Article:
Can literary writers do genre? Many people think not. A literary writer will get bored with the conventions, they say, and begin experimenting, producing a pulp/literary hybrid. Recent history shows many examples of this: Michael Chabon won a rash of prizes for his detective novel The Yiddish Policeman’s Union, and New Fabulists like George Saunders, Manuel Gonzales, and Karen Russell embrace and explore the conventions of fantasy and science fiction.
But what about the pure genre novel? Is it really off-limits to literary writers?
T. J. Danko is the pseudonym of a literary writer who has published stories in various journals, but his latest work embraces one of the most popular forms of genre literature—zombies. The Dead We Know is not a Chabon-like crossover or a Saunders-esque ironic treatment. It’s old-fashioned page-turner that keeps you up after your bedtime. You can read the first chapter of The Dead We Know here.
How the Novel Works
Works of genre, like all novels, deliver pieces of information gradually. One way to accomplish this is through dialogue, and this is where The Dead We Know excels. For instance, look at Nick and Eduardo’ argument about whether the truck window should be rolled up or down:
“I’m freezing. Why aren’t you freezing?”
He closed his eyes and began to drift off. Eduardo punched him.
“What are you doing? You close the window and you go to sleep? Fuck you. You want me to crash or something?”
“Fine. Turn on the radio.”
“Fantastic,” Eduardo said. He switched on the radio, and there was a sharp crackle. He kept turning the dial, but there was only more noise.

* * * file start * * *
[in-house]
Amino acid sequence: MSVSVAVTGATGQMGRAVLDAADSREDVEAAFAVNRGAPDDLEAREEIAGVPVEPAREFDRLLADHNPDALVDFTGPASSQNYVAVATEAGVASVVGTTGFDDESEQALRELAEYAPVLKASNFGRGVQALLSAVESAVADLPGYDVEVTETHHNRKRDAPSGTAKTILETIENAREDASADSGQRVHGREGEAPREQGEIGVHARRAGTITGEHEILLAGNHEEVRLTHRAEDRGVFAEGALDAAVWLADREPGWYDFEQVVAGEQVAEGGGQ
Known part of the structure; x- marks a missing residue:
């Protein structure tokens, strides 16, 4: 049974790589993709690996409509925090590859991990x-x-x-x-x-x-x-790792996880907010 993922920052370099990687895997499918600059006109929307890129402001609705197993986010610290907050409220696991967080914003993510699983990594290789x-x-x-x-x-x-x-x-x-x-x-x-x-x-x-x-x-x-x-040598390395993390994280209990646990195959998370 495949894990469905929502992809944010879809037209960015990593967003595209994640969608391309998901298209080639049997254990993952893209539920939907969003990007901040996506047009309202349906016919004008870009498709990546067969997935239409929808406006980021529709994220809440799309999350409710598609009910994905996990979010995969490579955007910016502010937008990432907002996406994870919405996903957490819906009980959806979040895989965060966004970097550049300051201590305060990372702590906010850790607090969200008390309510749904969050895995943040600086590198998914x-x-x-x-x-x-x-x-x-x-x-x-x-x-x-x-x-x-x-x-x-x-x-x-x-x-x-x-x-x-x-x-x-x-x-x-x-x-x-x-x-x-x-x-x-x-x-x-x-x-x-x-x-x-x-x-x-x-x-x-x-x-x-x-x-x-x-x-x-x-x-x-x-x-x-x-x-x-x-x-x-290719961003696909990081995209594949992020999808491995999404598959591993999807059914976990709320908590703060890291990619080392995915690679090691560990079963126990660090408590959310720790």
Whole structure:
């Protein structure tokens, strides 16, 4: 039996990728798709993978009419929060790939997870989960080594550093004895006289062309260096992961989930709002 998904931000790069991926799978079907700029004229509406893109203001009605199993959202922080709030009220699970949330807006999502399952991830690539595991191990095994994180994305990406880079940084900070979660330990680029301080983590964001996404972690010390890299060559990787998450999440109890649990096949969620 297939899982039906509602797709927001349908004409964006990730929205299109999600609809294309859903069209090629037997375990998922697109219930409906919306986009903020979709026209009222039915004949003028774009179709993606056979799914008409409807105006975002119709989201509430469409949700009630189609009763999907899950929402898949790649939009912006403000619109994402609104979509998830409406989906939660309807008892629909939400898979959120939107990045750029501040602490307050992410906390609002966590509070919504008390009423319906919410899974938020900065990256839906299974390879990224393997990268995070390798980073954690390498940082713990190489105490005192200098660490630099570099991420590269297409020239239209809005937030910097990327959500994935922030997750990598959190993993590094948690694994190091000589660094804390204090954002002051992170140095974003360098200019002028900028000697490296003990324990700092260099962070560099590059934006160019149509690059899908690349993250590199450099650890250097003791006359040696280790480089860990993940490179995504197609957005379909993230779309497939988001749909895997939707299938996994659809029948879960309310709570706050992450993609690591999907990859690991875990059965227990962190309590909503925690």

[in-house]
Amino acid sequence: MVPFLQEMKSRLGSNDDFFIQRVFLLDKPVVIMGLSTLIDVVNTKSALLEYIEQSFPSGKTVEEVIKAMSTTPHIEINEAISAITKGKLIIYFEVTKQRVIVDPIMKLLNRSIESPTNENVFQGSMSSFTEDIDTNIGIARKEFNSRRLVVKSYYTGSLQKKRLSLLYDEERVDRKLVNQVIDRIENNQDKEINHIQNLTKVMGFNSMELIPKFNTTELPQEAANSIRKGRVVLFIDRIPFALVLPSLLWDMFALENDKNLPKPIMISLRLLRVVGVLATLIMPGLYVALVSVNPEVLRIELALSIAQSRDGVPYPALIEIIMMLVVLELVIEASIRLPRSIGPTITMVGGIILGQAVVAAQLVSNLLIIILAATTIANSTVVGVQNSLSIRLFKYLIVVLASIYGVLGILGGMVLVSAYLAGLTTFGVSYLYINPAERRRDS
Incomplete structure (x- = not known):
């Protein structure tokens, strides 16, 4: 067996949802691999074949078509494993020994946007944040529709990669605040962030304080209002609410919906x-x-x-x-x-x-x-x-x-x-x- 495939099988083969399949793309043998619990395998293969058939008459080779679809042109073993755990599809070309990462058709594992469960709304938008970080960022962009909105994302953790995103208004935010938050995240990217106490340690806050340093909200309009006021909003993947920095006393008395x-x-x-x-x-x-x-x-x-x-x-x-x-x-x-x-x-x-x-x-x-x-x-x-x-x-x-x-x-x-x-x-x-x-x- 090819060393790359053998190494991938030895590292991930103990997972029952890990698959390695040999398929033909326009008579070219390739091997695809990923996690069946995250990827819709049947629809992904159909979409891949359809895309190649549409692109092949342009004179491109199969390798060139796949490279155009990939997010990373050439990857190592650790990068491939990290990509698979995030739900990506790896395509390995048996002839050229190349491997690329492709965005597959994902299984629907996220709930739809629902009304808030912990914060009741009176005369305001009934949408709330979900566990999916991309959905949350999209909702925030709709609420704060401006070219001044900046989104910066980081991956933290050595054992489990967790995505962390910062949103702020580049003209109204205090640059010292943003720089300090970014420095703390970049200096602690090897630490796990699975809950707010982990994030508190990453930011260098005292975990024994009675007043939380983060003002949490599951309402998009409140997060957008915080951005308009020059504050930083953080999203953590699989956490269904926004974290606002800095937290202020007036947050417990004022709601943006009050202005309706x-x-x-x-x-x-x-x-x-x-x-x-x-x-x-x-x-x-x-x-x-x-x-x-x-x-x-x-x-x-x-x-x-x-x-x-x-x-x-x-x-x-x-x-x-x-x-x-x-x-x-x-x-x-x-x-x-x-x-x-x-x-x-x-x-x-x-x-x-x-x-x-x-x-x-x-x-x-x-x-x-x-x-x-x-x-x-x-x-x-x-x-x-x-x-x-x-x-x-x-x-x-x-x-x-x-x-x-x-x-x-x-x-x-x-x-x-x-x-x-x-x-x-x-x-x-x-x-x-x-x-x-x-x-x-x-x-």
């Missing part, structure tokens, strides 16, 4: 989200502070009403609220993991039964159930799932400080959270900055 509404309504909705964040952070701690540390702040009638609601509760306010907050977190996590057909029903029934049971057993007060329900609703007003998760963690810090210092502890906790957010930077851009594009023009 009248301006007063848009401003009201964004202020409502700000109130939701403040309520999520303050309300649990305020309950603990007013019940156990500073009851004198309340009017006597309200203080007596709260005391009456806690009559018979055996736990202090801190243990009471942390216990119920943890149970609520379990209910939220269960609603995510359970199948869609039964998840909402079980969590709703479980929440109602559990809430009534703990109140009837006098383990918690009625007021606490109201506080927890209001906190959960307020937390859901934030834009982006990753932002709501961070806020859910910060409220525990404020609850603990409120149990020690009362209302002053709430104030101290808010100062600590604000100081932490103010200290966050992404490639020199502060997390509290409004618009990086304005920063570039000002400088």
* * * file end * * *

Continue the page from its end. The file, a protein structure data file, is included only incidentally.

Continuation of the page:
“Nothing?” Nick asked.
“The whole trip I get nothing but static.”
Nick yawned loudly. “We’ve been driving in the middle of nowhere.”
“Help me stay awake,” Eduardo complained. “It’s boring driving in the middle of the night.”
The scene’s realism—Nick and Eduardo behave like every road-tripper who’s ever lived—is what heightens the tension. Through a realistic argument, we’re being told, indirectly, everything that will happen. Of course they will crash, and of course the crash will happen in the dark, in the middle of nowhere. This is a zombie novel, after all. It might be tempting, as a writer, to “reinvent” the genre, but the best genre novels stick to conventions. The writer’s skill is in making those conventions seem fresh and new. One way to do this is to avoid giving the reader information directly. Instead, focus on the characters, the ways their personalities clash. Give the characters lives that exist prior to the zombies. In other words, give the characters something to talk about, and then let the story intrude.
The Writing Exercise
Let’s play around with dialogue. For this exercise, write a scene (two pages max) in which you use only dialogue.
- Choose a setting (exiting a movie theater, approaching a rope bridge over a lava flow with pterodactyls flying everywhere).
- Choose a relationship dynamic (they’re fighting over…, they’re upset because…, they’re relaxed because…).
- Choose a goal (character will confess his/her love for the other, character will reveal a hideous secret)
- Now write the scene. But here are the rules: The characters cannot state outright the relationship dynamic or the goal. They must allude to or approach the dynamic/goal from an angle or under cover of some other piece of conversation.
These rules may seem difficult, yet you may discover that your scene begins to move in unexpected ways. Try it out.